Tuesday, April 28, 2015
Learning Curve By Kaje Harper
Synopsis From Back Cover:
Mac is afraid he'll never recover enough to go back to being a cop, while Tony is afraid he will.
Three months after being shot, Detective Jared MacLean is healing, but he's afraid it may not be enough to go back on the job. He won't give up, though. Being a cop is written deep in Mac's bones, and he'll do whatever it takes to carry his badge again. Tony used to wish he could have Mac safely home, but watching his strong husband battle disabilities is farm from Tony's dream come true. When Mac is asked to consult on a case involving one of Tony's students, both men will have to face old demons and new fears to find a way to move forward together.
All good things must come to an end, and unless Kaje Harper writes a fifth book, which I'm praying for, I have to say goodbye to Mac and Tony. That doesn't mean that this won't be a series I continuously go back to, because I will, but I'll miss getting to see where their lives take them after what proved to be the most life affirming book of the series.
Mac is struggling to not only go back on the job after his near fatal shooting left him battling aphasia, but he is having to figure out who he is as a person, a husband, a father, and as a cop. Before he met Tony, and formed their family, most of his identity was wrapped up in his career. If he can't go back to it, which I'll relieve your fears here, he does, he isn't sure how to go about redefining himself. He loves Tony and the kids, but he is his job, it's who he sees himself as.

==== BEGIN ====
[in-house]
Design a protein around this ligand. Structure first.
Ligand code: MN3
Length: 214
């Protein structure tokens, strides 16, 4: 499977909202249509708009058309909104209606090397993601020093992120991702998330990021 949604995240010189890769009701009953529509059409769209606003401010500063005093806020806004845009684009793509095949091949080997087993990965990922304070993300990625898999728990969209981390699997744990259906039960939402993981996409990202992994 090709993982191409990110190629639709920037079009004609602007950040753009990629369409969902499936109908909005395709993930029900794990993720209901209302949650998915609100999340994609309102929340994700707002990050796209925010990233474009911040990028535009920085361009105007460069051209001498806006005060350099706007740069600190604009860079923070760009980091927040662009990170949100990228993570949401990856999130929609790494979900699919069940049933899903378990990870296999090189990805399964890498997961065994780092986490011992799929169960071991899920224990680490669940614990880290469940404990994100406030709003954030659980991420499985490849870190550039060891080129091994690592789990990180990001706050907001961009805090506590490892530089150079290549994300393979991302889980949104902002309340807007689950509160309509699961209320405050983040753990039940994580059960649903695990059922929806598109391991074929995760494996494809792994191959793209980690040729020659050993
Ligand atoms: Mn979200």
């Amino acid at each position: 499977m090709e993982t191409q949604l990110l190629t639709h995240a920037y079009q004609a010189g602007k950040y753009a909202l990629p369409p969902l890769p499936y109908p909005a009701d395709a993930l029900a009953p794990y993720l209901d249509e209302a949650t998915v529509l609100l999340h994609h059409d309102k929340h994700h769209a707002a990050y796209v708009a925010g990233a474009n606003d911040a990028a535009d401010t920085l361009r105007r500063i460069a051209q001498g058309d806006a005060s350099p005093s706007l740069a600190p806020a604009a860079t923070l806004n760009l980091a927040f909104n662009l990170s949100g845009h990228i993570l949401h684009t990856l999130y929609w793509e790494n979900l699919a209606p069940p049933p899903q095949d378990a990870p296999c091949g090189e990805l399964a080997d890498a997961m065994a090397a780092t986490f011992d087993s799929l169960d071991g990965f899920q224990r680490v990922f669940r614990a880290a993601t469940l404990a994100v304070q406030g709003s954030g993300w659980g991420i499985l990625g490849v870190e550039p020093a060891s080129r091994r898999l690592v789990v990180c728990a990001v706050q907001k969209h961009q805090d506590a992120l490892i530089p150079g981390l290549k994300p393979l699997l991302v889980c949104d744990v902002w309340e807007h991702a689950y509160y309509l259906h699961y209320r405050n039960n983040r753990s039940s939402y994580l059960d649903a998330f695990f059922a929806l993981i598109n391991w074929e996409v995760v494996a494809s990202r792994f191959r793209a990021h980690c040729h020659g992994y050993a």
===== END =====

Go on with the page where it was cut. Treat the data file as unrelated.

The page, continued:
Then you have poor Tony who someone has to come to terms with the man he loves, the husband he almost lost, going back to a job that almost killed him. I can't imagine being the spouse of a police officer. I would be terrified every time he went to work that he wouldn't be coming back, it's not a situation I envy anyone, especially in today's climate. I think the author does a wonderful job balancing Tony and Mac as individuals, as well as a couple. They both need different things, in both of those roles, and it's not always easy to reconcile them. Tony's fears, and Mac's need to be the man he sees himself have are two vastly conflicting issues, and the two of them handle them in a very affirming way.
We also get to see more of Mac's background in this book, and after meeting his siblings and dad, it's very easy to see how he became the man we met in the first book. The fact he was able to overcome, and accept a life with Tony, after his childhood is amazing, and speaks to the inner strength he has. And when you compare his family to Tony's, it's even more apparent that Tony completes Mac in ways that I don't think another man would have been able to.
Challenges: Men In Uniform